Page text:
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The classic anthropological definition of culture is “that complex whole which includes knowledge, belief, art, law, morals, custom, and any other capabilities and habits acquired by man as a member of society” (E. B. Tylor 1871). However it is defined, it is agreed that culture is passed on from generation to generation—or "horizontally" between individuals and collectivities—in a manner that involves “social learning” rather than specific genetic programming. Culture is divisible into "traits" (single items) and "complexes" (more or less integrated or institutionalized collections of traits). Culture typically is thought of as though it were attached to or identified with particular groups or societies or peoples. “Social learning” is by definition a necessary condition for culture. If social learning is also considered a sufficient condition for culture, then many species besides humans have culture. Scholars disagree whether social learning is really all there is to culture or, alternatively, whether there are some defining features of human culture that make it fundamentally distinct from animal culture. While this is a semantic problem it is also a serious scientific matter. If chimpanzees, for example, share the crucial mental ingredients for culture with humans it would be reasonable to hypothesize that chimpanzee- and human culture are homologous, meaning that each species’ capacity for culture traces to their common ancestry. If, however, human culture is something distinct, then such similarities as there are between chimpanzee and human cultures make them analogous but independent developments. Some scholars argue that fundamental features of human culture are far more recent than the split between chimpanzees and humans. Thus some scholars say that animals have traditions but not culture. Others use such terms as protoculture for animals.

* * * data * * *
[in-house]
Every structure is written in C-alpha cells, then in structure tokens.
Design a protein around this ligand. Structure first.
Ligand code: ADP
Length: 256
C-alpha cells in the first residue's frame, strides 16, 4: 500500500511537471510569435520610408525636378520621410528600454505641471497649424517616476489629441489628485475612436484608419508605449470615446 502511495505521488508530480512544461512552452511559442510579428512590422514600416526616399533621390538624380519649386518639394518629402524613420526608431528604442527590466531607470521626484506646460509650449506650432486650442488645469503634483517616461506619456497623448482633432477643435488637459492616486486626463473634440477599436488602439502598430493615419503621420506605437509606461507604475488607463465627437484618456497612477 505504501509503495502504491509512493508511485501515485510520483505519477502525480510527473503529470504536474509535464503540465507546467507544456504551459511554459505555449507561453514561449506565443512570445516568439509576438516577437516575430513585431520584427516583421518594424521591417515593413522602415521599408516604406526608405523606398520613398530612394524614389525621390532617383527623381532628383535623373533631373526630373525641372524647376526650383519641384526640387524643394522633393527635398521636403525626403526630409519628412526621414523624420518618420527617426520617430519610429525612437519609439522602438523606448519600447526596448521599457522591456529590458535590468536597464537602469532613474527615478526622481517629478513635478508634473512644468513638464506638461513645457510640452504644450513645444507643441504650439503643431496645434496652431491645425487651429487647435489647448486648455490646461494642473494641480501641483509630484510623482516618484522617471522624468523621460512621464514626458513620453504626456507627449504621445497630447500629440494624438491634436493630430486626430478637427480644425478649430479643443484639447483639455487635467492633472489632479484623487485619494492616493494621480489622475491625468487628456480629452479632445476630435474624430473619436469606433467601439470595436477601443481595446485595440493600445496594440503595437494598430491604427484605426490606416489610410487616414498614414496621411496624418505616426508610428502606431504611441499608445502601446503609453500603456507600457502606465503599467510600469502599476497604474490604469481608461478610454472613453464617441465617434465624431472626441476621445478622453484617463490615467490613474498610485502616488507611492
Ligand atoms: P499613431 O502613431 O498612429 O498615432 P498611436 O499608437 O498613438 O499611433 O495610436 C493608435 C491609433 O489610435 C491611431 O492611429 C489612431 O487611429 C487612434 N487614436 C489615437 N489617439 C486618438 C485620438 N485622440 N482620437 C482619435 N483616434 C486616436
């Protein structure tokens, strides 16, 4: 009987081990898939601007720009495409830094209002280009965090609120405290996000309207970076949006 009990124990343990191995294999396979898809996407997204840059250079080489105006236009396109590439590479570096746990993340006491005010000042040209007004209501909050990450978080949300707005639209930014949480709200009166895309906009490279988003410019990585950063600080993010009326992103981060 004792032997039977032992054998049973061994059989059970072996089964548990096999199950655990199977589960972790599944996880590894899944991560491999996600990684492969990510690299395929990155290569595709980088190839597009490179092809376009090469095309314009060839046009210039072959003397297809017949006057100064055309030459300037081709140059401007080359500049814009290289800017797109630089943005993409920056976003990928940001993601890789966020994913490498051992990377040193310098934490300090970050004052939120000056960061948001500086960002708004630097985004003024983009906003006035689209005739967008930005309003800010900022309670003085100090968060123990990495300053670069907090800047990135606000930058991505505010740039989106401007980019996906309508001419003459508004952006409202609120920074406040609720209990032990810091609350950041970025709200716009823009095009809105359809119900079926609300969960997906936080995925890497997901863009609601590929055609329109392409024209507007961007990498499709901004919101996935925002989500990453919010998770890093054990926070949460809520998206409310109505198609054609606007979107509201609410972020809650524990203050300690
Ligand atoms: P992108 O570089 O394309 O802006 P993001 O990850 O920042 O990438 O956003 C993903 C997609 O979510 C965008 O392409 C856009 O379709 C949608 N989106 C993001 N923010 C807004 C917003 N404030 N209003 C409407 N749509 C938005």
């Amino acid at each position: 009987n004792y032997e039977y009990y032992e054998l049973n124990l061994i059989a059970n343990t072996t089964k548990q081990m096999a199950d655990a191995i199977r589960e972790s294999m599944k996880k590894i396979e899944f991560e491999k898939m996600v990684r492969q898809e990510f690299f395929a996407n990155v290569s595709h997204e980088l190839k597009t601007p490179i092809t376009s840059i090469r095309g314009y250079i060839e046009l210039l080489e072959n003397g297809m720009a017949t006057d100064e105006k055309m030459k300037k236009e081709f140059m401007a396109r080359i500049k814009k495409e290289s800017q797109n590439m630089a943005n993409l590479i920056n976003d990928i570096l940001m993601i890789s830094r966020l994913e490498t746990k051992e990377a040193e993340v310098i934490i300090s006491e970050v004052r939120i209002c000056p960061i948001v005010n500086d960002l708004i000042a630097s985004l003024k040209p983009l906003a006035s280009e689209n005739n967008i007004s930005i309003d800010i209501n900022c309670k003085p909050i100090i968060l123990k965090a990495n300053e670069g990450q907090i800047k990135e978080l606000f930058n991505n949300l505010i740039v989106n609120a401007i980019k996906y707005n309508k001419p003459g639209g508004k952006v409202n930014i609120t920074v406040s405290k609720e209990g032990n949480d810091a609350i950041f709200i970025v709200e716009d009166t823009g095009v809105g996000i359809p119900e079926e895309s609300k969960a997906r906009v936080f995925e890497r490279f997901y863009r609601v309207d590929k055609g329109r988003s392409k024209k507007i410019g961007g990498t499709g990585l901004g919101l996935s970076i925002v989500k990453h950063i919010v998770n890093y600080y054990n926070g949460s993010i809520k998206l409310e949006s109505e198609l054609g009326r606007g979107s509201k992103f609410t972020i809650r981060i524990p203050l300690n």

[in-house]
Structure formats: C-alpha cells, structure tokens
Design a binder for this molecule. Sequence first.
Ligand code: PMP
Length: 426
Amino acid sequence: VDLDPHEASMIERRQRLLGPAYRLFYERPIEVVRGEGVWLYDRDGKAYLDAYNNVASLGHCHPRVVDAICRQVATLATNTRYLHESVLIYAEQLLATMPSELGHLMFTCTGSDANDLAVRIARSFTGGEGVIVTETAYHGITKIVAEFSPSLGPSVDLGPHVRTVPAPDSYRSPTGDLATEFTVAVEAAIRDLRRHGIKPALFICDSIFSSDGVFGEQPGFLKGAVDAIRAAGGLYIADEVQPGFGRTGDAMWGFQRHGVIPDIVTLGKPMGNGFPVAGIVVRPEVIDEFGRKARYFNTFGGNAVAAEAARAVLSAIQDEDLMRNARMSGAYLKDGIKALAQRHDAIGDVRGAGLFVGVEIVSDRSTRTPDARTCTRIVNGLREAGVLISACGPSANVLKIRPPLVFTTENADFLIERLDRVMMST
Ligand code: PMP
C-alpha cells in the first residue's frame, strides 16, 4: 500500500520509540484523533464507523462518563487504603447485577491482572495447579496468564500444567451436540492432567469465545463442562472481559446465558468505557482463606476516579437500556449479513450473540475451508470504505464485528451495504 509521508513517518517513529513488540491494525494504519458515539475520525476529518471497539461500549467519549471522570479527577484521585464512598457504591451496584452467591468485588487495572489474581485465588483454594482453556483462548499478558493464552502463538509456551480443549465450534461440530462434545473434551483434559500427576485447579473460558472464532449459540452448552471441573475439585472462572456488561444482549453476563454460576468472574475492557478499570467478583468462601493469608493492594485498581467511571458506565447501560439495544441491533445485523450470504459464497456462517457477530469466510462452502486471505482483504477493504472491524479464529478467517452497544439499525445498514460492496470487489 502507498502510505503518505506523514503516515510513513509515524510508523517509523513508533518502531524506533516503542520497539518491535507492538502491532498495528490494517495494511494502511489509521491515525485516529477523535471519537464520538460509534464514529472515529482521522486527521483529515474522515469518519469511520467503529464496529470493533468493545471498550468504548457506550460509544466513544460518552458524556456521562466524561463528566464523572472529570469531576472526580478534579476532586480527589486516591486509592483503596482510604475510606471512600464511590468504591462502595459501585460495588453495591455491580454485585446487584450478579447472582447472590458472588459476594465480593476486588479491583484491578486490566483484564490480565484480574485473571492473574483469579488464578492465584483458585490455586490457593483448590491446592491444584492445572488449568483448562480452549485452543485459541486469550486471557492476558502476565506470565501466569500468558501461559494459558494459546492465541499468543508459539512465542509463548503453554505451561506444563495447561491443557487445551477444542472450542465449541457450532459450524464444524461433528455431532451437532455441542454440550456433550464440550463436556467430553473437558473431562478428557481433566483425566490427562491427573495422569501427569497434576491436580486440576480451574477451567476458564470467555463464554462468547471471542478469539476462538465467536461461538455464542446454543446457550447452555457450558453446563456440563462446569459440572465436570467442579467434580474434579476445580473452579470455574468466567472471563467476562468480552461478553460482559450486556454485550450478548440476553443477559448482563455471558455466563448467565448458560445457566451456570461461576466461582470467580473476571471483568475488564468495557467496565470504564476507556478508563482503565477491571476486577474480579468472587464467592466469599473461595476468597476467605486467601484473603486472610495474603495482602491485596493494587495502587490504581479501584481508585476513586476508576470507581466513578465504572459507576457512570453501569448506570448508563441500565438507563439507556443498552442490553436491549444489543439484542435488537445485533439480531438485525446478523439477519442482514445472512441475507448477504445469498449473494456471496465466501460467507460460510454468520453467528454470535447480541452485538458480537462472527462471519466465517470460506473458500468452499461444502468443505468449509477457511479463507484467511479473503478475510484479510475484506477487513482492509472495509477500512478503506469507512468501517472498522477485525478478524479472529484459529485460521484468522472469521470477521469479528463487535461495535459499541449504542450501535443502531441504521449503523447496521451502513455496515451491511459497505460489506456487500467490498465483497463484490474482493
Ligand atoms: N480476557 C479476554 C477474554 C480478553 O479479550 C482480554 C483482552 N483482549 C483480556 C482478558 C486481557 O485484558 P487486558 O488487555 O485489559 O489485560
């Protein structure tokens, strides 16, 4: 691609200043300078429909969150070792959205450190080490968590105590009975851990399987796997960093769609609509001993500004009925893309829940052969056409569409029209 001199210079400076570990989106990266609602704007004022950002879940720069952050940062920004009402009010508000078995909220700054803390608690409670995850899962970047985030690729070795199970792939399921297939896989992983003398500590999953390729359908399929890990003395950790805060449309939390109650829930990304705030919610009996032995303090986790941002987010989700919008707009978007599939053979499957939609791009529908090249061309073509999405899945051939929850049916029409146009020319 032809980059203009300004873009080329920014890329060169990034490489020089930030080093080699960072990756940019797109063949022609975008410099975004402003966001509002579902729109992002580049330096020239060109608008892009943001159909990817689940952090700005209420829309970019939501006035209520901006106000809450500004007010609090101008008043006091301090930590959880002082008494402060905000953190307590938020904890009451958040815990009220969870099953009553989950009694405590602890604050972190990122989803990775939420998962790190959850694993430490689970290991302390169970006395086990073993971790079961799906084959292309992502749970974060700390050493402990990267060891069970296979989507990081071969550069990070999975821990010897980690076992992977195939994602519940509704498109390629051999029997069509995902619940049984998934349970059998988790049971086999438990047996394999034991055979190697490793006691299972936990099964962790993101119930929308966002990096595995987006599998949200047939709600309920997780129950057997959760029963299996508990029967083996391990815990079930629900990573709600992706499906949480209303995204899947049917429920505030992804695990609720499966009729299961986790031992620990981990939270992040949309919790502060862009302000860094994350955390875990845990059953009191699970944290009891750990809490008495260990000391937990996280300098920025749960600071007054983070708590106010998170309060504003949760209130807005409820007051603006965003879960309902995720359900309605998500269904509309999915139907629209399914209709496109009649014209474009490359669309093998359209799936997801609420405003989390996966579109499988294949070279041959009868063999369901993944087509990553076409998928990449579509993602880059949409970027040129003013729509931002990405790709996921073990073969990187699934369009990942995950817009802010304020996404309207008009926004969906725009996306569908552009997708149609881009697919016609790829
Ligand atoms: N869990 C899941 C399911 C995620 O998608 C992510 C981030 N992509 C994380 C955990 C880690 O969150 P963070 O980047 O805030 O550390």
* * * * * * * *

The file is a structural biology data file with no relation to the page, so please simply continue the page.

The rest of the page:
Human culture is vastly more complex than that of any other species. The moralization of culture (the "right" vs. other ways to do things) may be distinctive of human culture.
Culture is found in all human societies, past or present.
The greater complexity of human culture may reflect differences in the processes of cultural transmission. In nonhuman primates it usually consists of emulation (seeing a result and duplicating it through trial and error) whereas humans normally imitate (focusing on how the result was achieved and then attempting to duplicate the same steps to the result). Moreover, explicit instruction is common among humans but rare or absent among other species. Humans, unlike other species, often or normally insist upon there is a right way to do things. Specific human cultural universals account for a more rapid and extensive cultural development than in other species. Narrative and intentional instruction directly enhance the transmission of culture. Fire and cooking, by altering the demographics of humans, gave greater scope to cultural innovation and variation. Human speech greatly enhanced the transmission of culture.
In its broadest definition culture is found in many species.
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